Scene Context Impairs Perception of Semantically Congruent Objects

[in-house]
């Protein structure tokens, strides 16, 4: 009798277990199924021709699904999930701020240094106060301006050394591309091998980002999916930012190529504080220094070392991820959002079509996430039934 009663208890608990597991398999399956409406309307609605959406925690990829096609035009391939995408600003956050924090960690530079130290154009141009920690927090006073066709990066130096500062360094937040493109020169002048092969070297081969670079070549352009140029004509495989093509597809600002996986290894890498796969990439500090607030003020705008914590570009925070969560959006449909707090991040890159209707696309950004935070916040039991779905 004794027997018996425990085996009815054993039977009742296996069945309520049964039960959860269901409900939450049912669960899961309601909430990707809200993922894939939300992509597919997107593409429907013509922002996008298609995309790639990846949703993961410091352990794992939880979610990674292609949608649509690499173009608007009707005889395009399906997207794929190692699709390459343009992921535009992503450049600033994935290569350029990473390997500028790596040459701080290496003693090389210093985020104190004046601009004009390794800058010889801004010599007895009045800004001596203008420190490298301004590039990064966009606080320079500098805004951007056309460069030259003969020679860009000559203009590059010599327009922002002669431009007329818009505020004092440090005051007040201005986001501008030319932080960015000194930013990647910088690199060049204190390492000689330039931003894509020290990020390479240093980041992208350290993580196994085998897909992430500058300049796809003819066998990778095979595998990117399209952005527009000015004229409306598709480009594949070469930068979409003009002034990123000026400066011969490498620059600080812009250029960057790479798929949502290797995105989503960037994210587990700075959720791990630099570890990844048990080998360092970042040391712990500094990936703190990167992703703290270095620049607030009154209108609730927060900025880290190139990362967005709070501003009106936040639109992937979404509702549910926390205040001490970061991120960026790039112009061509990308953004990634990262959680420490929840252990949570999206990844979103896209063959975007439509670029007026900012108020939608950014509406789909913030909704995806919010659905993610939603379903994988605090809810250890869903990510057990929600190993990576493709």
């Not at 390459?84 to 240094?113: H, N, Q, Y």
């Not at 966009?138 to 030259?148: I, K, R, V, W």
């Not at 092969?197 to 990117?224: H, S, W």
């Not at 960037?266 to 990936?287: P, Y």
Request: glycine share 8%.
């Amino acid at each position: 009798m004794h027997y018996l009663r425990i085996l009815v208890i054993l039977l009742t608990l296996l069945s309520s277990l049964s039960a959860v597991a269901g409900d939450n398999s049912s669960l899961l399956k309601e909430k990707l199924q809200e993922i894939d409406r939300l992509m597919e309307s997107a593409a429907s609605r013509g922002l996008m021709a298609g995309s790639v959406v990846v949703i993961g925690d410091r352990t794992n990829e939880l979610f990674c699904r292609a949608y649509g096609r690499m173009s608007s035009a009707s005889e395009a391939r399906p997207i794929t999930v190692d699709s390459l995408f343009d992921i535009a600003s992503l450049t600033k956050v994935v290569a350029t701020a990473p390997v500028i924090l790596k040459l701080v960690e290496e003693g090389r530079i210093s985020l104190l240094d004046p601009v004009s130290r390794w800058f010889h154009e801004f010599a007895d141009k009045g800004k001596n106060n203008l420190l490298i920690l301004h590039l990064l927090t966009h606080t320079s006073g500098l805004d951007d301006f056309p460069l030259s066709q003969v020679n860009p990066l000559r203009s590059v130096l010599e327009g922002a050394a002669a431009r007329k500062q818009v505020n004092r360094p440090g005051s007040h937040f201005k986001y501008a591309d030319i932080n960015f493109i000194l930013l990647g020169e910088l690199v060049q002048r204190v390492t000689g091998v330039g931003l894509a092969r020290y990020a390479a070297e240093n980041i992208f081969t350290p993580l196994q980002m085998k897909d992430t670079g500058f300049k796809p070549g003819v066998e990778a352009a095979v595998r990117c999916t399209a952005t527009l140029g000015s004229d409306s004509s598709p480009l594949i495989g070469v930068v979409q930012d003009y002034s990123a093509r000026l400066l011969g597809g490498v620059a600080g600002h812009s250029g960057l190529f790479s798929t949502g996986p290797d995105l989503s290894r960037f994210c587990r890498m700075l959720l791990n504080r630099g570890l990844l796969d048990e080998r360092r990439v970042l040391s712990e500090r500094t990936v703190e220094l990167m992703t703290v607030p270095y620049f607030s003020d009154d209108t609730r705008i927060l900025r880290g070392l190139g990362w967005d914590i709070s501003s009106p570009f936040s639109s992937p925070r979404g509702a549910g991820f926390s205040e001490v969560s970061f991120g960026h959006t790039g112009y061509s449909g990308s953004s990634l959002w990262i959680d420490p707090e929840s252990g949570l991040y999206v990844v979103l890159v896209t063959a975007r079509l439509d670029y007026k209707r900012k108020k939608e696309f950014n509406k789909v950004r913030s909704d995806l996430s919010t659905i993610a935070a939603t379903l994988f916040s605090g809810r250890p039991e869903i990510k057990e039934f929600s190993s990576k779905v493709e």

Visual scene context is well-known to facilitate the recognition of scene-congruent objects. Interestingly, however, according to predictive-processing accounts of brain function, scene congruency may lead to reduced (rather than enhanced) processing of congruent objects, compared with incongruent ones, because congruent objects elicit reduced prediction-error responses. We tested this counterintuitive hypothesis in two online behavioral experiments with human participants (N = 300). We found clear evidence for impaired perception of congruent objects, both in a change-detection task measuring response times and in a bias-free object-discrimination task measuring accuracy. Congruency costs were related to independent subjective congruency ratings. Finally, we show that the reported effects cannot be explained by low-level stimulus confounds, response biases, or top-down strategy. These results provide convincing evidence for perceptual congruency costs during scene viewing, in line with predictive-processing theory.